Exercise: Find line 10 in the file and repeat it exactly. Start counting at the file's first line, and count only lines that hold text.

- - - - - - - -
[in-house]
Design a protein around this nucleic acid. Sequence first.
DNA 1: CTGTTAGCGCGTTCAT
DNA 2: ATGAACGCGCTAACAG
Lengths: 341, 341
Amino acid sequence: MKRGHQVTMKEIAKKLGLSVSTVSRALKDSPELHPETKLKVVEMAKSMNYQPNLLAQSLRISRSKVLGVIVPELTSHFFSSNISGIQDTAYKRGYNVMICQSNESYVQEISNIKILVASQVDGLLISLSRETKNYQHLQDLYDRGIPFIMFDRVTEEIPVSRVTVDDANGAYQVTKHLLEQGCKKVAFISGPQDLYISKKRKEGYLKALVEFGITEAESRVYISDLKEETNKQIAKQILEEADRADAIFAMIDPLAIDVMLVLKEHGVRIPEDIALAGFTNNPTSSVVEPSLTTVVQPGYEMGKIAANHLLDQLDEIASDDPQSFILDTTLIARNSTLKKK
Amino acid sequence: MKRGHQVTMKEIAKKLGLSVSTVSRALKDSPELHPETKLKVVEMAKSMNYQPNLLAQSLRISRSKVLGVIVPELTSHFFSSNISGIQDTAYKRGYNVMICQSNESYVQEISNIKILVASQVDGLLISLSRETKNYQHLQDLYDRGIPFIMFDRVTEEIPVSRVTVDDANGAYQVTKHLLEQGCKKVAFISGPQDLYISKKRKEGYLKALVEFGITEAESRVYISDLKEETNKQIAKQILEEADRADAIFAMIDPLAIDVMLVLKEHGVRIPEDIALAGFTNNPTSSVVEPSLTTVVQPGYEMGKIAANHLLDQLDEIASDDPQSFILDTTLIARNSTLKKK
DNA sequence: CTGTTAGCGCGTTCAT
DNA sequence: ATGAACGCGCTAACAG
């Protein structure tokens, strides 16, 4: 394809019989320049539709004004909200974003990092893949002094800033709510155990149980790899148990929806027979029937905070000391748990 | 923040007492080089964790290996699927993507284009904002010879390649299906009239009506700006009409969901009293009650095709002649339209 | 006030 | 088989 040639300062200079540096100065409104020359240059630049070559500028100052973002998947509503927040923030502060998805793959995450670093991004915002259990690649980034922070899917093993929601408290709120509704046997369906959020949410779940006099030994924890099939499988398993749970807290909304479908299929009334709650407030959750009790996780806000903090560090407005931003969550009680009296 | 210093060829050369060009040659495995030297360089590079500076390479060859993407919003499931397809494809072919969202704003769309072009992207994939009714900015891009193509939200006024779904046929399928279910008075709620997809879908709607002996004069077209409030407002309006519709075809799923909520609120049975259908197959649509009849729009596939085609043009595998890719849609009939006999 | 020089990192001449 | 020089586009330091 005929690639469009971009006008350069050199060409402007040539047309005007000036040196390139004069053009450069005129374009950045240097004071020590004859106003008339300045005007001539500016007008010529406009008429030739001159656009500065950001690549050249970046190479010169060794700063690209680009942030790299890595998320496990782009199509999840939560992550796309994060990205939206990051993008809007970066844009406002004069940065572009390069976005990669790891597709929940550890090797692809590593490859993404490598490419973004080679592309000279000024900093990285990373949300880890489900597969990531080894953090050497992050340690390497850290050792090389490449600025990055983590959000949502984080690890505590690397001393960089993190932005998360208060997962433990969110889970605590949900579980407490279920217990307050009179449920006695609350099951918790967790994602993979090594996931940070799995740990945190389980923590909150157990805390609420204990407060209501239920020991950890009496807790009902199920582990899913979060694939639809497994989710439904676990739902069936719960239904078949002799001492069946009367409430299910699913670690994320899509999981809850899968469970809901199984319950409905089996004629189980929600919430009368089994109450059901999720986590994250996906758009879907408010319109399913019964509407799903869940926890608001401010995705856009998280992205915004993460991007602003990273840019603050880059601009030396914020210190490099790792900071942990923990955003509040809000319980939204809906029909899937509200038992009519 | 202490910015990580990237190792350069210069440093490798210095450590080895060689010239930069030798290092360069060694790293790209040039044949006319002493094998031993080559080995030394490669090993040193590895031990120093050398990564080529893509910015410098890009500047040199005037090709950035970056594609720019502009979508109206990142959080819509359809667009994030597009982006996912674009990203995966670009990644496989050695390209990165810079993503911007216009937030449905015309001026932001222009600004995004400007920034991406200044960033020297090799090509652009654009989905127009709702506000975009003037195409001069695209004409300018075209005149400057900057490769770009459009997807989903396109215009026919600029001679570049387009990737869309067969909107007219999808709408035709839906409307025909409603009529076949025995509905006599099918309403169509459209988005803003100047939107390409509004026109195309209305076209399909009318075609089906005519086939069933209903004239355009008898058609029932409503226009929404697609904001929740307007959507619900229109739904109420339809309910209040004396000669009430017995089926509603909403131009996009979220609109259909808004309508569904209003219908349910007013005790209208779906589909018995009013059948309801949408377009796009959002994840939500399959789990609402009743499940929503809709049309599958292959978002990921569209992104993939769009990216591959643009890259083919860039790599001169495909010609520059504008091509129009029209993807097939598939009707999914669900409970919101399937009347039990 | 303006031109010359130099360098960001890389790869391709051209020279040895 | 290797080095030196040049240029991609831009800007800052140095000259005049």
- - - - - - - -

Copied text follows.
């Protein structure tokens, strides 16, 4: 394809019989320049539709004004909200974003990092893949002094800033709510155990149980790899148990929806027979029937905070000391748990 | 923040007492080089964790290996699927993507284009904002010879390649299906009239009506700006009409969901009293009650095709002649339209 | 006030 | 088989 040639300062200079540096100065409104020359240059630049070559500028100052973002998947509503927040923030502060998805793959995450670093991004915002259990690649980034922070899917093993929601408290709120509704046997369906959020949410779940006099030994924890099939499988398993749970807290909304479908299929009334709650407030959750009790996780806000903090560090407005931003969550009680009296 | 210093060829050369060009040659495995030297360089590079500076390479060859993407919003499931397809494809072919969202704003769309072009992207994939009714900015891009193509939200006024779904046929399928279910008075709620997809879908709607002996004069077209409030407002309006519709075809799923909520609120049975259908197959649509009849729009596939085609043009595998890719849609009939006999 | 020089990192001449 | 020089586009330091 005929690639469009971009006008350069050199060409402007040539047309005007000036040196390139004069053009450069005129374009950045240097004071020590004859106003008339300045005007001539500016007008010529406009008429030739001159656009500065950001690549050249970046190479010169060794700063690209680009942030790299890595998320496990782009199509999840939560992550796309994060990205939206990051993008809007970066844009406002004069940065572009390069976005990669790891597709929940550890090797692809590593490859993404490598490419973004080679592309000279000024900093990285990373949300880890489900597969990531080894953090050497992050340690390497850290050792090389490449600025990055983590959000949502984080690890505590690397001393960089993190932005998360208060997962433990969110889970605590949900579980407490279920217990307050009179449920006695609350099951918790967790994602993979090594996931940070799995740990945190389980923590909150157990805390609420204990407060209501239920020991950890009496807790009902199920582990899913979060694939639809497994989710439904676990739902069936719960239904078949002799001492069946009367409430299910699913670690994320899509999981809850899968469970809901199984319950409905089996004629189980929600919430009368089994109450059901999720986590994250996906758009879907408010319109399913019964509407799903869940926890608001401010995705856009998280992205915004993460991007602003990273840019603050880059601009030396914020210190490099790792900071942990923990955003509040809000319980939204809906029909899937509200038992009519 | 202490910015990580990237190792350069210069440093490798210095450590080895060689010239930069030798290092360069060694790293790209040039044949006319002493094998031993080559080995030394490669090993040193590895031990120093050398990564080529893509910015410098890009500047040199005037090709950035970056594609720019502009979508109206990142959080819509359809667009994030597009982006996912674009990203995966670009990644496989050695390209990165810079993503911007216009937030449905015309001026932001222009600004995004400007920034991406200044960033020297090799090509652009654009989905127009709702506000975009003037195409001069695209004409300018075209005149400057900057490769770009459009997807989903396109215009026919600029001679570049387009990737869309067969909107007219999808709408035709839906409307025909409603009529076949025995509905006599099918309403169509459209988005803003100047939107390409509004026109195309209305076209399909009318075609089906005519086939069933209903004239355009008898058609029932409503226009929404697609904001929740307007959507619900229109739904109420339809309910209040004396000669009430017995089926509603909403131009996009979220609109259909808004309508569904209003219908349910007013005790209208779906589909018995009013059948309801949408377009796009959002994840939500399959789990609402009743499940929503809709049309599958292959978002990921569209992104993939769009990216591959643009890259083919860039790599001169495909010609520059504008091509129009029209993807097939598939009707999914669900409970919101399937009347039990 | 303006031109010359130099360098960001890389790869391709051209020279040895 | 290797080095030196040049240029991609831009800007800052140095000259005049």